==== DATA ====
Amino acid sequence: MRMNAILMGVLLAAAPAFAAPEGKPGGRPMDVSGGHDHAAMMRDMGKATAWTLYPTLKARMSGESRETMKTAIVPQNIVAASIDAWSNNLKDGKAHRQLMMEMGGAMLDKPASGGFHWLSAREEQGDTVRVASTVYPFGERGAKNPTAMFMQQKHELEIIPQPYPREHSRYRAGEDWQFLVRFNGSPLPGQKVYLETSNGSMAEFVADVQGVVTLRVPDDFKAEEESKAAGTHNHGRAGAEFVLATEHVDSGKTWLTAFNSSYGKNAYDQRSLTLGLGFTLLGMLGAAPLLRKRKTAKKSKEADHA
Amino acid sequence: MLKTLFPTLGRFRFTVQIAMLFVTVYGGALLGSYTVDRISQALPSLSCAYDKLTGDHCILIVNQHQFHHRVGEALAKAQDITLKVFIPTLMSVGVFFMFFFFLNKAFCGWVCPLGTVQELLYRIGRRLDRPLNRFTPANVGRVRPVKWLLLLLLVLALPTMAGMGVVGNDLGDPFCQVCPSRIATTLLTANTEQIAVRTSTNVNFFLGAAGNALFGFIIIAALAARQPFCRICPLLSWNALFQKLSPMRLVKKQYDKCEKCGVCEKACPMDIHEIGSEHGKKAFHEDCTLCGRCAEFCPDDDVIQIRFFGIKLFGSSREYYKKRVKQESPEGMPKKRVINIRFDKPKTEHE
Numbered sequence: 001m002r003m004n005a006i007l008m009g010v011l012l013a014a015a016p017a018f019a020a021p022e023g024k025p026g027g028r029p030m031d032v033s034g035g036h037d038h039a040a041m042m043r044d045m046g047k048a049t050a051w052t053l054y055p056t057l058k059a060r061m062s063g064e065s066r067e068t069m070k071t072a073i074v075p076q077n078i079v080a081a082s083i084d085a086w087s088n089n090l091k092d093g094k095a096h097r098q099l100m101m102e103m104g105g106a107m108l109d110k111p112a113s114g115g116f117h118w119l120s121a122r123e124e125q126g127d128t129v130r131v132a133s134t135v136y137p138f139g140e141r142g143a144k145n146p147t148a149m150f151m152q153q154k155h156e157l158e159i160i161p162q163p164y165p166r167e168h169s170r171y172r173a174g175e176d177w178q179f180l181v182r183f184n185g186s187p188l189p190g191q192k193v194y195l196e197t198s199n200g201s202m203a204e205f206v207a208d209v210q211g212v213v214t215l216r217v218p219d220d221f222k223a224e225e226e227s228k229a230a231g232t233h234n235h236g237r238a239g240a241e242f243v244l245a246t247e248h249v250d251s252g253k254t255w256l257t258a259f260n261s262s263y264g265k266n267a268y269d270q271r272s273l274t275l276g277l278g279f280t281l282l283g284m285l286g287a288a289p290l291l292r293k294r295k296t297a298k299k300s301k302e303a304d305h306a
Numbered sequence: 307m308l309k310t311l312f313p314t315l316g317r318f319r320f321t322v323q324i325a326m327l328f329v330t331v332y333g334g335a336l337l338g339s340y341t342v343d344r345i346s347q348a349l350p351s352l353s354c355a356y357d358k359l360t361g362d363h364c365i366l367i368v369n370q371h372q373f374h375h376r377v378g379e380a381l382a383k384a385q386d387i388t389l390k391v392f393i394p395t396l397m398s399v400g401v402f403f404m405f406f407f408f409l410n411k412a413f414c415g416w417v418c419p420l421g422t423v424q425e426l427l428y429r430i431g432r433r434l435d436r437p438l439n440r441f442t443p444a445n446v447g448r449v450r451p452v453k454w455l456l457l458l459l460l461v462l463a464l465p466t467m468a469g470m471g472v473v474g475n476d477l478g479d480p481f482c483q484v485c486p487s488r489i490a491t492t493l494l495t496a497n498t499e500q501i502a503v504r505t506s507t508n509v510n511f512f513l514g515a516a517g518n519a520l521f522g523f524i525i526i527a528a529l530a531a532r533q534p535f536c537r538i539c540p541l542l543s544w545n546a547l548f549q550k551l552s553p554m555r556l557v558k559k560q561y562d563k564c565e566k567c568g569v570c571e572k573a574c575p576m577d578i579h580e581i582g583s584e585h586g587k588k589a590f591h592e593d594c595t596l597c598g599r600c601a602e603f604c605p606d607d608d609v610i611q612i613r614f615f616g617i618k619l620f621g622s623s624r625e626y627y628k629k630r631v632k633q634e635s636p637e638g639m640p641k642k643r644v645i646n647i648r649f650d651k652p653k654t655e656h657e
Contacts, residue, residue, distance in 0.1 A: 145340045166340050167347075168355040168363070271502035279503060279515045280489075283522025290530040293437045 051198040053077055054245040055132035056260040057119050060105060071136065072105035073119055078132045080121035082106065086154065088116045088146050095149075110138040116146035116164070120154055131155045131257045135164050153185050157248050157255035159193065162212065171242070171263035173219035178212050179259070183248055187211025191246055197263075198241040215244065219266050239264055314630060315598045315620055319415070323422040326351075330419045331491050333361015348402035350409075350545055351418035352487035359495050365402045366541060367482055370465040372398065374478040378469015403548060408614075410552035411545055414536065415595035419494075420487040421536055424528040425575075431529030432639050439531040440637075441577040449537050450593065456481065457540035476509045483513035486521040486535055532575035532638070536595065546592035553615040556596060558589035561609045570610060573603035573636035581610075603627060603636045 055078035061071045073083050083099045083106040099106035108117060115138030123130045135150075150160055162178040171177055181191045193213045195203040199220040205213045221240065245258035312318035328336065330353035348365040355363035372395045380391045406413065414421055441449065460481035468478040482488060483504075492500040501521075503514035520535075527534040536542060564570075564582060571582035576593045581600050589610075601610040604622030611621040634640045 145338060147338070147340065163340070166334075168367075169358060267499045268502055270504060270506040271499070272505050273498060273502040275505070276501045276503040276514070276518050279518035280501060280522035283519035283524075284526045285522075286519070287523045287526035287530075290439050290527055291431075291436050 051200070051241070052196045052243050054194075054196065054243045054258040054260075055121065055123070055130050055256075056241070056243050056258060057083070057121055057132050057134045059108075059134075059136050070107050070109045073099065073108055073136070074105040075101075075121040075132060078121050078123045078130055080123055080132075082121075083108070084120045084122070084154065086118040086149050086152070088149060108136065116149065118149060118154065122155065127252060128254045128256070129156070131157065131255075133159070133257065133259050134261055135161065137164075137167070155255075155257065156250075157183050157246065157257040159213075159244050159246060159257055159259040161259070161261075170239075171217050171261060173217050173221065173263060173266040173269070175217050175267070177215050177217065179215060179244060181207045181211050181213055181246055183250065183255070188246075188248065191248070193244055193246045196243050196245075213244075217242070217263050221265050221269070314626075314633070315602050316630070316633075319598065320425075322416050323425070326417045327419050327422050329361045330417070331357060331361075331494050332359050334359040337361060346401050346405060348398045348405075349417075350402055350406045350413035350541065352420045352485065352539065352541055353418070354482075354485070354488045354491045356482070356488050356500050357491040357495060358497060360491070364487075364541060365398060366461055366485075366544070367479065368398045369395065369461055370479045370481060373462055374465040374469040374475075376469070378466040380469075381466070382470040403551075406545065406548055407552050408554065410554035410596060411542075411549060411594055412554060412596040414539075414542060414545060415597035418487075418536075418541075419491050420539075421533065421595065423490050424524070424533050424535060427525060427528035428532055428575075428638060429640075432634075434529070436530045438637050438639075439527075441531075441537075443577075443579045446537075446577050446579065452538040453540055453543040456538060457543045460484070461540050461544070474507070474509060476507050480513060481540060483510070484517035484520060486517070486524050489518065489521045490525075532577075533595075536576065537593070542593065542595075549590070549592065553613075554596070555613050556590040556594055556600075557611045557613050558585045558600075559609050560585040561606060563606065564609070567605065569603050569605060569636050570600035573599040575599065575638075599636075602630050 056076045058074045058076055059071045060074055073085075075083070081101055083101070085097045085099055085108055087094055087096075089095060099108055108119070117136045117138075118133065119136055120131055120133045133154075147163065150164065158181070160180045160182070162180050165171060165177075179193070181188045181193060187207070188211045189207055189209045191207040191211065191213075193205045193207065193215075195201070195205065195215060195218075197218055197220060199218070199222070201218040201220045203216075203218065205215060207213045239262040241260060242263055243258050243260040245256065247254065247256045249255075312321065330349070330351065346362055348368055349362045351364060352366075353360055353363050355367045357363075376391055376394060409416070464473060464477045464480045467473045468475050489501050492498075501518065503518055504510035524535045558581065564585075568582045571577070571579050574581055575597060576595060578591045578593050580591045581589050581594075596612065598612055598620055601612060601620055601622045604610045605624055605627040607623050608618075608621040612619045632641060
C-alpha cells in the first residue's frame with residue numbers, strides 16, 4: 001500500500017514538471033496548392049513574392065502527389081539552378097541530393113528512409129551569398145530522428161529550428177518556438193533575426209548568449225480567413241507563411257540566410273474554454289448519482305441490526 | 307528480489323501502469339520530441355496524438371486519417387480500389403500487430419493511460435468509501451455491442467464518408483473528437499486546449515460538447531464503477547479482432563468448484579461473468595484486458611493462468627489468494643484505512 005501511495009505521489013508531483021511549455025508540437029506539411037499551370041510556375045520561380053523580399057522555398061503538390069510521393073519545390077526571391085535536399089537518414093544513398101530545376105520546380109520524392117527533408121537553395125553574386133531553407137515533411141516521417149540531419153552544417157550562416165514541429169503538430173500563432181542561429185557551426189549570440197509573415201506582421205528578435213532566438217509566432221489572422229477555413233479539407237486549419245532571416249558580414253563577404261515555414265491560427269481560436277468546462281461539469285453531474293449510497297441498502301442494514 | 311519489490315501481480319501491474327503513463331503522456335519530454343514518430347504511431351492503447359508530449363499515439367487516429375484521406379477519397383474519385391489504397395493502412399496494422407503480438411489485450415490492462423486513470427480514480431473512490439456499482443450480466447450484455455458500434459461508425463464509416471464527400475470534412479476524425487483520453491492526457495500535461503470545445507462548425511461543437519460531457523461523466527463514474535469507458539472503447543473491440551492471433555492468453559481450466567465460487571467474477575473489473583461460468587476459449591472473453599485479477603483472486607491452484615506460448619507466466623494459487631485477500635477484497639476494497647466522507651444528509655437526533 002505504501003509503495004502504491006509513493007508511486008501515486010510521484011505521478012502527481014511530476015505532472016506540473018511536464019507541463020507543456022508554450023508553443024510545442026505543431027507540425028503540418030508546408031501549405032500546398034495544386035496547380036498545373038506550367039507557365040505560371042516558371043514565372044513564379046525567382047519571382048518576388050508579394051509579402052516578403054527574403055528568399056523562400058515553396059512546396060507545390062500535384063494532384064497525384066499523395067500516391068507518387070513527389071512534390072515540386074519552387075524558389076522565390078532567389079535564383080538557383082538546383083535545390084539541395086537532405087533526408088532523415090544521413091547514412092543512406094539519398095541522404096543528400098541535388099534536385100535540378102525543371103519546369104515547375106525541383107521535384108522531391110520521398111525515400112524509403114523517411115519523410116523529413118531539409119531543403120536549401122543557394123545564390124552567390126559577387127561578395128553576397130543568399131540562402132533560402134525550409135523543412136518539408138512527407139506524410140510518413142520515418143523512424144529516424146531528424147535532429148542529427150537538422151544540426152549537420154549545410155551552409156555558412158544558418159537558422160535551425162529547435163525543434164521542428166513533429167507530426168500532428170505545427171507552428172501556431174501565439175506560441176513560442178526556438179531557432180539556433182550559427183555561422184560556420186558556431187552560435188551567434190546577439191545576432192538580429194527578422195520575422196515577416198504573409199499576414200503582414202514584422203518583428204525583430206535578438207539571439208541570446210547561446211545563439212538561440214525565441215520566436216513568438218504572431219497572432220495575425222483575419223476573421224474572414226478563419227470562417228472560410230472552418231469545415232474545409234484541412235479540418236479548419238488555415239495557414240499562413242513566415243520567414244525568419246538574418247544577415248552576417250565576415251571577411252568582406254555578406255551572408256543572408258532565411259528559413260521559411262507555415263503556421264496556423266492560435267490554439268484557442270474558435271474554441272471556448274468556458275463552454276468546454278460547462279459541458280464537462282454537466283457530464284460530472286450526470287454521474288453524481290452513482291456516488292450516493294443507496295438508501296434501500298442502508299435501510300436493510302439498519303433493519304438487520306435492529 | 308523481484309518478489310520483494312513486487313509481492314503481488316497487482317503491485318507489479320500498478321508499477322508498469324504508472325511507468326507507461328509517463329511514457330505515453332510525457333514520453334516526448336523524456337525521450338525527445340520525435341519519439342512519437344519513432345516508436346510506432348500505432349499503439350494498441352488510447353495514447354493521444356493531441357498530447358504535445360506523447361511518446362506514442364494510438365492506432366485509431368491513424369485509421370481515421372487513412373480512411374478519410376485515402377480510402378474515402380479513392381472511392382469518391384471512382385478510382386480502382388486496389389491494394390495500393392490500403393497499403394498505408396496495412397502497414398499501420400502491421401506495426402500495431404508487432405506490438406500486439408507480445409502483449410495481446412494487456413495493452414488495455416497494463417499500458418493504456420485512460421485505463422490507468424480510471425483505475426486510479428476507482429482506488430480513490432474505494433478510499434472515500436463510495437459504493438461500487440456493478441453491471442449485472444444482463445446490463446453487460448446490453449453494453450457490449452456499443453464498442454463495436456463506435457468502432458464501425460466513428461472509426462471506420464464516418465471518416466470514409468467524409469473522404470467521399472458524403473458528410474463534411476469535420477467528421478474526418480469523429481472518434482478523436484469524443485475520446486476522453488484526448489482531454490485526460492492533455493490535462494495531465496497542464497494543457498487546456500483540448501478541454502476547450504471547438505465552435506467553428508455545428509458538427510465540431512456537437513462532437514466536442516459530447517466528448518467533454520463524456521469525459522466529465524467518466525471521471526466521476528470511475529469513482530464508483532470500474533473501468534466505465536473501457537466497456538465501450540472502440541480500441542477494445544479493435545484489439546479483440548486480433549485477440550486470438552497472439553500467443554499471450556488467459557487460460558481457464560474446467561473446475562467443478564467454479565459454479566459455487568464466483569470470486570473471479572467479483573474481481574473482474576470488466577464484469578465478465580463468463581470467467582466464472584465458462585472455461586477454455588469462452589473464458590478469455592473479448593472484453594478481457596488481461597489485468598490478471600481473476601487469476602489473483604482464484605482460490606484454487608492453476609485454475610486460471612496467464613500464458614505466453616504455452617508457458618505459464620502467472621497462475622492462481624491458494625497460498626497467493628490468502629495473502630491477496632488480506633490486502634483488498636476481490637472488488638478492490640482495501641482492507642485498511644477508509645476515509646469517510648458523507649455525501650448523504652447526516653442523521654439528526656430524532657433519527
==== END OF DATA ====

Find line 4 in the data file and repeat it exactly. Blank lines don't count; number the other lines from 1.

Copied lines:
Numbered sequence: 307m308l309k310t311l312f313p314t315l316g317r318f319r320f321t322v323q324i325a326m327l328f329v330t331v332y333g334g335a336l337l338g339s340y341t342v343d344r345i346s347q348a349l350p351s352l353s354c355a356y357d358k359l360t361g362d363h364c365i366l367i368v369n370q371h372q373f374h375h376r377v378g379e380a381l382a383k384a385q386d387i388t389l390k391v392f393i394p395t396l397m398s399v400g401v402f403f404m405f406f407f408f409l410n411k412a413f414c415g416w417v418c419p420l421g422t423v424q425e426l427l428y429r430i431g432r433r434l435d436r437p438l439n440r441f442t443p444a445n446v447g448r449v450r451p452v453k454w455l456l457l458l459l460l461v462l463a464l465p466t467m468a469g470m471g472v473v474g475n476d477l478g479d480p481f482c483q484v485c486p487s488r489i490a491t492t493l494l495t496a497n498t499e500q501i502a503v504r505t506s507t508n509v510n511f512f513l514g515a516a517g518n519a520l521f522g523f524i525i526i527a528a529l530a531a532r533q534p535f536c537r538i539c540p541l542l543s544w545n546a547l548f549q550k551l552s553p554m555r556l557v558k559k560q561y562d563k564c565e566k567c568g569v570c571e572k573a574c575p576m577d578i579h580e581i582g583s584e585h586g587k588k589a590f591h592e593d594c595t596l597c598g599r600c601a602e603f604c605p606d607d608d609v610i611q612i613r614f615f616g617i618k619l620f621g622s623s624r625e626y627y628k629k630r631v632k633q634e635s636p637e638g639m640p641k642k643r644v645i646n647i648r649f650d651k652p653k654t655e656h657e